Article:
work experience as a sales clerk/cashier. In accordance with
the Court's scheduling order, the parties filed a joint
statement of facts. [Doc. # 18-2]. The Court adopts this
medical chronology in full, and incorporates it by reference
THE ALJ'S DECISION
followed the sequential evaluation process for assessing
disability claims. At Step One, the ALJ found Plaintiff has
not engaged in substantial gainful activity since the alleged
onset date. (R. 21). At Step Two, the ALJ found Plaintiff has
the following severe impairments: bipolar disorder; anxiety
disorder; and substance abuse disorder, in possible
remission. (R. 21). At Step Three, the ALJ found Plaintiff
does not have an impairment or combination of impairments
that meets or medically equals the severity of one of the
listed impairments. (R. 22).
then determined Plaintiff retains the following functional
Claimant can perform a full range of work at all exertional
levels but with the following nonexertional limitations: He
is limited to performing simple, routine, repetitive tasks
that do not require teamwork or working closely with the
public and require only occasional interaction with
co-workers, supervisors, and the public.
24-29). At Step Four, the ALJ found Plaintiff unable to
perform his past relevant work. (R. 29). Finally, at Step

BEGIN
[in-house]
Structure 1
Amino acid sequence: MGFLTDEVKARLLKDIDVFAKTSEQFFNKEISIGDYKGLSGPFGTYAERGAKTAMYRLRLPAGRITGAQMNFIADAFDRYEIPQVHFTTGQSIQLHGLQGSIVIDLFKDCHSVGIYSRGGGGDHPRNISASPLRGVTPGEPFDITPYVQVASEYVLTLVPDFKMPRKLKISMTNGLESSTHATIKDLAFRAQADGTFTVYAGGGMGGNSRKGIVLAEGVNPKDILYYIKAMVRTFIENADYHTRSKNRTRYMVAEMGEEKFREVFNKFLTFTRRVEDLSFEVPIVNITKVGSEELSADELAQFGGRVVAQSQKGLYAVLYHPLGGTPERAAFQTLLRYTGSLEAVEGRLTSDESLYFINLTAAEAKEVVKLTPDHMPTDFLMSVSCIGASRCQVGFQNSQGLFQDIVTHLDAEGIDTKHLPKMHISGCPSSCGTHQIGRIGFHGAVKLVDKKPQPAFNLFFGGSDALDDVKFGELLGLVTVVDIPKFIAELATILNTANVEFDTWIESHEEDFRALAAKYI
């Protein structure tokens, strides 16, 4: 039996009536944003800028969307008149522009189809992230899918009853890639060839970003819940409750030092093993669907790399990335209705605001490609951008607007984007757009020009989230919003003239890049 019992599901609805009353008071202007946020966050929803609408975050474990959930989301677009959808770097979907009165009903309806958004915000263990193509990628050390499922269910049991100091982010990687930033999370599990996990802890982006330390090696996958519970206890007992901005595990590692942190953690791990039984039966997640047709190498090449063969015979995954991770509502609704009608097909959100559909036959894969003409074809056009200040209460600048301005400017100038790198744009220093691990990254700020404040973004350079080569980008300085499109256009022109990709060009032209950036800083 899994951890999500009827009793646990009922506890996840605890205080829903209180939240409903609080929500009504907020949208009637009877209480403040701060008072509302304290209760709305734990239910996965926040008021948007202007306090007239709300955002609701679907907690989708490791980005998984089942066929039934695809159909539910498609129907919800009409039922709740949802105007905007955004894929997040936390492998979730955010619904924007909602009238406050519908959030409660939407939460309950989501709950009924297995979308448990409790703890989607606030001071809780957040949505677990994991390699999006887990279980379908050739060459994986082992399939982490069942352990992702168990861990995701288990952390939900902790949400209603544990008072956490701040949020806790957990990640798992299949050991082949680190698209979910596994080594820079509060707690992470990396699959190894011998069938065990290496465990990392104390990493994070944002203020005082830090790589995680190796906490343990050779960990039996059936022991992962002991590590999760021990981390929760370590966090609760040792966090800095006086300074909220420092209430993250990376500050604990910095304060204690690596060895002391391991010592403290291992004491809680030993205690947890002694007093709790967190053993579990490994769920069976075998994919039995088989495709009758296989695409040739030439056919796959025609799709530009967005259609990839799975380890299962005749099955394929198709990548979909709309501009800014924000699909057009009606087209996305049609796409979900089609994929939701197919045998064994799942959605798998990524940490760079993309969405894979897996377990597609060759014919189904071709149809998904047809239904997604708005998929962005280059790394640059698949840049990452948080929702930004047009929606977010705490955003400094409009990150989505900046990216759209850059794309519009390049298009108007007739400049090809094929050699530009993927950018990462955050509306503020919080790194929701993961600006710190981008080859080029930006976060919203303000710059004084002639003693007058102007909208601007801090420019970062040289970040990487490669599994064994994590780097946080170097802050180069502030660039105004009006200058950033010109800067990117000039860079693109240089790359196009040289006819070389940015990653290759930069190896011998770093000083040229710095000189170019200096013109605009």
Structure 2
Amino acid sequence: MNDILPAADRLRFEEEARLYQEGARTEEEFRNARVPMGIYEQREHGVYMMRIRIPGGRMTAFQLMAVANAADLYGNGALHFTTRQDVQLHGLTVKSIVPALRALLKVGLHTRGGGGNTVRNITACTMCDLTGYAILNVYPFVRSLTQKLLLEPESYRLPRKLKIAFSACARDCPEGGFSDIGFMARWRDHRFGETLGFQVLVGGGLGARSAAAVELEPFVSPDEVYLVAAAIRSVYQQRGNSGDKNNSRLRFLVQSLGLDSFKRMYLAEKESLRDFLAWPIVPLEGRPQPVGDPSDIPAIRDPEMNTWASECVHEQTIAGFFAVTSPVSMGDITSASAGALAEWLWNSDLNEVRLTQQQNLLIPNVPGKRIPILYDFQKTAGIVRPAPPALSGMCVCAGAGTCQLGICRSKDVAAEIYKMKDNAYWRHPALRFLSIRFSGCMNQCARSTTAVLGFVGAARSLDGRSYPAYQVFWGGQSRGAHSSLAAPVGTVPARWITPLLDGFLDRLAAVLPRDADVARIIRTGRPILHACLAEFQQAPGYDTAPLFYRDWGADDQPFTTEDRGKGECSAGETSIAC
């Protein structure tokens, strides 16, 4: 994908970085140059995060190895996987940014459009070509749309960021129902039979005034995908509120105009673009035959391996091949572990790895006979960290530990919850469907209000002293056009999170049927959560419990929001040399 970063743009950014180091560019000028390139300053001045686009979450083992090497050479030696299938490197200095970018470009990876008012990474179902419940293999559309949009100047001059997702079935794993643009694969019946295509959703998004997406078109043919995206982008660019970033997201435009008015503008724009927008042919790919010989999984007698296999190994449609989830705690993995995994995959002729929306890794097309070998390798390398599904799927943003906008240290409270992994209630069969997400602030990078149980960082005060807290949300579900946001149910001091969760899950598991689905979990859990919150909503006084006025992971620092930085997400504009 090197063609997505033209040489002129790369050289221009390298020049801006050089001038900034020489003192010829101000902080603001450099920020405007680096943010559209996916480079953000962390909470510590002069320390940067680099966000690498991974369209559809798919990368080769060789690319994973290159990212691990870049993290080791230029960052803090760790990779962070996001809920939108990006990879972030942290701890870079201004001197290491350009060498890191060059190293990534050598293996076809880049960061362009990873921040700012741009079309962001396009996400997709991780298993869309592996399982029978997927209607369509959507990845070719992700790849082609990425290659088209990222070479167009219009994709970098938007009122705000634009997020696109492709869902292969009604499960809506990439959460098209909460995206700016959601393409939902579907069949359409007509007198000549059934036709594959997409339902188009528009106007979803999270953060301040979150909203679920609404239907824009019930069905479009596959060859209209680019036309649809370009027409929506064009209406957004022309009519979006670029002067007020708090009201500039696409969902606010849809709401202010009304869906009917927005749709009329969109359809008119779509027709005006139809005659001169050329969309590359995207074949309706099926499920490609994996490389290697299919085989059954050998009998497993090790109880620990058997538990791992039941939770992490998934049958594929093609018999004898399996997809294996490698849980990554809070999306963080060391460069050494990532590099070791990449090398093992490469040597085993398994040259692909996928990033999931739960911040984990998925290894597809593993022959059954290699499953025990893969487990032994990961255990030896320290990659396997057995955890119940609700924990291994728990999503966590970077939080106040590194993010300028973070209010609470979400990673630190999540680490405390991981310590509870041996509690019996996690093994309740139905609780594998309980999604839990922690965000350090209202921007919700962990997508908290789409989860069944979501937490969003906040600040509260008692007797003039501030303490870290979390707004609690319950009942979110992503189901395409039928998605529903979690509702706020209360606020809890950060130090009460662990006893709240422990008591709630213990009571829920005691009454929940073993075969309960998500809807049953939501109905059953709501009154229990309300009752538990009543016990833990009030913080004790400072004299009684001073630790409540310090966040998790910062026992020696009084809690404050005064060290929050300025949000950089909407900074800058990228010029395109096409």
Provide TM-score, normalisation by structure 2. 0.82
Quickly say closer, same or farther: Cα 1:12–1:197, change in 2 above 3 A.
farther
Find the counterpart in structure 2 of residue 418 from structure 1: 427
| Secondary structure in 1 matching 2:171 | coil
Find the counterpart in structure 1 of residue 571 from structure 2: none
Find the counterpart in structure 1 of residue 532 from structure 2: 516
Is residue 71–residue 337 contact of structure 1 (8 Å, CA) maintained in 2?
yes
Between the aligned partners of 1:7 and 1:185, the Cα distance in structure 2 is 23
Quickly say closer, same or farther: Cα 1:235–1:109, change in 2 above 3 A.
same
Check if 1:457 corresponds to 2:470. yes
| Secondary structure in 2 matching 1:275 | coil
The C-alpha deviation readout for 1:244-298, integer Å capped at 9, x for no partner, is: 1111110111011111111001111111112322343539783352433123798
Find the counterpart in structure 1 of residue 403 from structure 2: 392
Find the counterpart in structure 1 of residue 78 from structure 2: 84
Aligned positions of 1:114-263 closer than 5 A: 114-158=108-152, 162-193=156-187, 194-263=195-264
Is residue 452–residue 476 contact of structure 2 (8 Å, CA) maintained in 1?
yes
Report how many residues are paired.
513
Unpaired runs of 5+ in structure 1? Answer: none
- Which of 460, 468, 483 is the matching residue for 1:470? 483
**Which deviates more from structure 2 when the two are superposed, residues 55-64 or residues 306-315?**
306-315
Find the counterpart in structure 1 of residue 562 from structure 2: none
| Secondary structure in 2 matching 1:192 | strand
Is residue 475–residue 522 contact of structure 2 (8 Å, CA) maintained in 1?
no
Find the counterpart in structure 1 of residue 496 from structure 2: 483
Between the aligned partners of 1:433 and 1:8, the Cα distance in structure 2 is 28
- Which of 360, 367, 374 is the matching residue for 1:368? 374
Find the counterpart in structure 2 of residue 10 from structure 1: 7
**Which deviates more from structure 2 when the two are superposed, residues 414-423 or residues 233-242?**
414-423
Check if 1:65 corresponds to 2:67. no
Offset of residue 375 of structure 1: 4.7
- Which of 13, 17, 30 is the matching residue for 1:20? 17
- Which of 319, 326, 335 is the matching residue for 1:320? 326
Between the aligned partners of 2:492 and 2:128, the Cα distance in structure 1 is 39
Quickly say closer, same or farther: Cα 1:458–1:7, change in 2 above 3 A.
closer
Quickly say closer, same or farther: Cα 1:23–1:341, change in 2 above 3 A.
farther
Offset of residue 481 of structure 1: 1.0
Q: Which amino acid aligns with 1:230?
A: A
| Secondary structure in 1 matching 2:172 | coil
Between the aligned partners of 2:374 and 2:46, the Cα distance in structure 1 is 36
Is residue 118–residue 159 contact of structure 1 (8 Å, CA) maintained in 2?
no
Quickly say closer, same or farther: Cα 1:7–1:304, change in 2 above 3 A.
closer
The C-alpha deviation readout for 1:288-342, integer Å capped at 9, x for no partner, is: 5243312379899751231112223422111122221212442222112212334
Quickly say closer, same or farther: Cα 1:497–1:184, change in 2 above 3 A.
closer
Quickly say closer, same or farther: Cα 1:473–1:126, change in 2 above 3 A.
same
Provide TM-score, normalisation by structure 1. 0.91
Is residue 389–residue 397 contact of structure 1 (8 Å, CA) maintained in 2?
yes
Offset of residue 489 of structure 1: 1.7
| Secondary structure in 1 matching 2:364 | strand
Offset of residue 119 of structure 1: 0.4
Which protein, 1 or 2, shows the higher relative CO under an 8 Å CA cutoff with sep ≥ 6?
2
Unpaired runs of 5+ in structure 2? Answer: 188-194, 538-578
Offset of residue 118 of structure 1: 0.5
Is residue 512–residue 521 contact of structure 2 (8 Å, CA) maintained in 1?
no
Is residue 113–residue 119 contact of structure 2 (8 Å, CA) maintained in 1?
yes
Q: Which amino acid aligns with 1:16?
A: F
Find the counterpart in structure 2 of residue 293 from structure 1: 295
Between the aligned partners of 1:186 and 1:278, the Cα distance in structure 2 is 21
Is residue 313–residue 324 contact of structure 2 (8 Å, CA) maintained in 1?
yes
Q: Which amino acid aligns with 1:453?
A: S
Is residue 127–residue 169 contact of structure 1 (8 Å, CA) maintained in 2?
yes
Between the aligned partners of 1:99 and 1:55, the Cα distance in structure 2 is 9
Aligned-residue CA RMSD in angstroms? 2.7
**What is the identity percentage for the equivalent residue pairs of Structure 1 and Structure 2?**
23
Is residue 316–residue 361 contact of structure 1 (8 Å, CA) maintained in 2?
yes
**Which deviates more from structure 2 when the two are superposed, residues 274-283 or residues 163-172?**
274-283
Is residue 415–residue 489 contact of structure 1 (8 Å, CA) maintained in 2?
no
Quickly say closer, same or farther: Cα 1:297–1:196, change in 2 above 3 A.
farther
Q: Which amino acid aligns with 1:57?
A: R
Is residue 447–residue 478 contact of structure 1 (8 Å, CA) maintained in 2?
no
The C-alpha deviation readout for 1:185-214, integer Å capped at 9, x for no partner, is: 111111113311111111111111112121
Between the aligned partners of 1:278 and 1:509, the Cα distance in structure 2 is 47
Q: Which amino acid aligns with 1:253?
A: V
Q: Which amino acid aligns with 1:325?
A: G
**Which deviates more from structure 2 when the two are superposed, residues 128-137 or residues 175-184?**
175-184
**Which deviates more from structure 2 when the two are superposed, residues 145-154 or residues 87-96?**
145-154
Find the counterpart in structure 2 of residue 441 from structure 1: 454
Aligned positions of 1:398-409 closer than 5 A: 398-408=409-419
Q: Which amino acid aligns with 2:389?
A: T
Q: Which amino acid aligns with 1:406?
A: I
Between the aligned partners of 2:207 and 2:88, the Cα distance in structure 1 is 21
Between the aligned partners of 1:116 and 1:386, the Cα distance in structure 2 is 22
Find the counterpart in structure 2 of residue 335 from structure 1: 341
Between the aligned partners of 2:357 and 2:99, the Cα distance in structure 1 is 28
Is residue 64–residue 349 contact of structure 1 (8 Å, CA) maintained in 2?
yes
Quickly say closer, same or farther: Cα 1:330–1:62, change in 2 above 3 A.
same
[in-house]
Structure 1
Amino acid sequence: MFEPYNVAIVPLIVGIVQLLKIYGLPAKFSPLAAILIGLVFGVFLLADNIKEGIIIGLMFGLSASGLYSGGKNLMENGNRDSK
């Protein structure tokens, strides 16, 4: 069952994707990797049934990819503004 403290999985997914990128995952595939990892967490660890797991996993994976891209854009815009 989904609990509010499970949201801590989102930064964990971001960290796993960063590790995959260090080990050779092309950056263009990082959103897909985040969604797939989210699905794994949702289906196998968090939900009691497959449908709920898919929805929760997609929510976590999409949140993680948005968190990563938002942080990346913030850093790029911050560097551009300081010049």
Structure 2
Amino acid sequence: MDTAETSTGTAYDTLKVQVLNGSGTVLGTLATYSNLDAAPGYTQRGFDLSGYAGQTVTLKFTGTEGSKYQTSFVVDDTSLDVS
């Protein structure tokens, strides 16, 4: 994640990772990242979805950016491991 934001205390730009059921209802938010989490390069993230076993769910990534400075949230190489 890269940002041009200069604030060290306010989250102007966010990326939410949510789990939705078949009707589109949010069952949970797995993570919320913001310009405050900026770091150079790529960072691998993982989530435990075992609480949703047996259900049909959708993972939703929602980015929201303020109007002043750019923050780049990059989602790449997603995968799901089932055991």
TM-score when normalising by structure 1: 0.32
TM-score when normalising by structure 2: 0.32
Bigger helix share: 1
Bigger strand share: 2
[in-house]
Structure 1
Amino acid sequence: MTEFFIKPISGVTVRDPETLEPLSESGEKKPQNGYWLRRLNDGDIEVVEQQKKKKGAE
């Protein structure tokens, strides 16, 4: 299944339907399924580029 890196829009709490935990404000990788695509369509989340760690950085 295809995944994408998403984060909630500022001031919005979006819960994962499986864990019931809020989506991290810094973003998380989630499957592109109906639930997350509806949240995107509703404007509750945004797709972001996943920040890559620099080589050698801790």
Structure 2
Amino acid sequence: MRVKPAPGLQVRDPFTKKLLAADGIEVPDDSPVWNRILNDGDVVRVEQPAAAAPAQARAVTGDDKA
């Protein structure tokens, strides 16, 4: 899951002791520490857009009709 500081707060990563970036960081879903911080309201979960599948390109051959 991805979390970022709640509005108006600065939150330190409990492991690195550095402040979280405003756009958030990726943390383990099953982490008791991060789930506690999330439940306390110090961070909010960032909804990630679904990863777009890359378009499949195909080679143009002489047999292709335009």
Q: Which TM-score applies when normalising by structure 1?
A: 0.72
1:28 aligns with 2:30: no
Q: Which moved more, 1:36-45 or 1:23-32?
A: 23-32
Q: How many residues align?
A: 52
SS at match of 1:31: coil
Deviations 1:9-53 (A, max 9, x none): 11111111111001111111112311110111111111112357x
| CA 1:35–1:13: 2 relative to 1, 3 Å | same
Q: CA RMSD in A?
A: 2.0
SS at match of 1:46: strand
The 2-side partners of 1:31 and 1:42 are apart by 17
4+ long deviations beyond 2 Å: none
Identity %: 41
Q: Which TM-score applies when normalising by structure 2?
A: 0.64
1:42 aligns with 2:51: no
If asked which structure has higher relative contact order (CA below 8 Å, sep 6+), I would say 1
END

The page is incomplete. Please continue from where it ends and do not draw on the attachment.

Five, the ALJ relied on the testimony of a vocational expert
to find that there are jobs that exist in significant numbers
in the national economy that Plaintiff can perform. (R.
29-30). Accordingly, the ALJ found Plaintiff not to be
arguments on appeal all relate to the ALJ's RFC finding.
Specifically, Plaintiff argues that the ALJ improperly
weighed and discussed the opinion evidence. In this case, the
record contains a variety of medical opinions, including
opinions from treating sources (Plaintiff's doctors and
social workers), from a consulting source who examined but
did not treat Plaintiff, and from state agency medical
consults who reviewed Plaintiff's medical records.
Olson, Plaintiff's treating physician and primary care
provider since October 2013, completed an RFC assessment form
on February 20, 2014. (R. 285-88). Dr. Olson rated Plaintiff
as having “a serious problem” functioning in all
aspects of the Plaintiff's activities of daily living,
social interactions, and task performance. (R. 285-88). The
ALJ gave “little weight” to this opinion,
reasoning that it was “quite conclusory, in a checklist
format, providing very little explanation for the evidence
relied on.” (R. 27).
Olson also completed an RFC assessment form on November 8,
2013, in which he identified Plaintiff's diagnosis as
“severe mental illness, anger, mood disorder/bipolar,
ptsd.” (R. 848). He rated Plaintiff as markedly limited
in all functional areas. (R. 856-58). Dr. Olson completed a
third RFC assessment form on December 22, 2014. (R. 810-19).
Dr. Olson opined that the Plaintiff's mood disorder
prevents him from working, and impacts his ability to work
because he has “no skills and interaction with
coworkers.” (R. 810-12). Dr. Olson again rated
Plaintiff as markedly limited in all functional areas. (R.
816-17). The ALJ gave no weight to either the November 2013
or the December 2014 opinion. The ALJ reasoned that
“the claimant's ...